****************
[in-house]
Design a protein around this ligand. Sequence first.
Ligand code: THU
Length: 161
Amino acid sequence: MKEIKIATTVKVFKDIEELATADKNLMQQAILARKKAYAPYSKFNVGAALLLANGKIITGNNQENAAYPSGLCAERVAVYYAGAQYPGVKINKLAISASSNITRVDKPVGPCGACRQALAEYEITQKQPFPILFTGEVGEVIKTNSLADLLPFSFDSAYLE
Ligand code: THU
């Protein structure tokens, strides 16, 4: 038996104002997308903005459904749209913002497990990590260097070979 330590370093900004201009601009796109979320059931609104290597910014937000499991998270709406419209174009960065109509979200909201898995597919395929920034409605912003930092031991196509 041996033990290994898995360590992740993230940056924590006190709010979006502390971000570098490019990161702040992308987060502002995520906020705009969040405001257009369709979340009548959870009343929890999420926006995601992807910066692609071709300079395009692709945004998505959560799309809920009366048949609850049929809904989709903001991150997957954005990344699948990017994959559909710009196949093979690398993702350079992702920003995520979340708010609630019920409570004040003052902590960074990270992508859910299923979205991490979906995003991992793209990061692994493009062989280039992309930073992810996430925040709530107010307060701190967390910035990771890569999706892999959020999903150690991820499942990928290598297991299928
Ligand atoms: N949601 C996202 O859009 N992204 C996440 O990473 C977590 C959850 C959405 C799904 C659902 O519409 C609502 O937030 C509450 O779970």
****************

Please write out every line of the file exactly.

[in-house]
Design a protein around this ligand. Sequence first.
Ligand code: THU
Length: 161
Amino acid sequence: MKEIKIATTVKVFKDIEELATADKNLMQQAILARKKAYAPYSKFNVGAALLLANGKIITGNNQENAAYPSGLCAERVAVYYAGAQYPGVKINKLAISASSNITRVDKPVGPCGACRQALAEYEITQKQPFPILFTGEVGEVIKTNSLADLLPFSFDSAYLE
Ligand code: THU
């Protein structure tokens, strides 16, 4: 038996104002997308903005459904749209913002497990990590260097070979 330590370093900004201009601009796109979320059931609104290597910014937000499991998270709406419209174009960065109509979200909201898995597919395929920034409605912003930092031991196509 041996033990290994898995360590992740993230940056924590006190709010979006502390971000570098490019990161702040992308987060502002995520906020705009969040405001257009369709979340009548959870009343929890999420926006995601992807910066692609071709300079395009692709945004998505959560799309809920009366048949609850049929809904989709903001991150997957954005990344699948990017994959559909710009196949093979690398993702350079992702920003995520979340708010609630019920409570004040003052902590960074990270992508859910299923979205991490979906995003991992793209990061692994493009062989280039992309930073992810996430925040709530107010307060701190967390910035990771890569999706892999959020999903150690991820499942990928290598297991299928
Ligand atoms: N949601 C996202 O859009 N992204 C996440 O990473 C977590 C959850 C959405 C799904 C659902 O519409 C609502 O937030 C509450 O779970």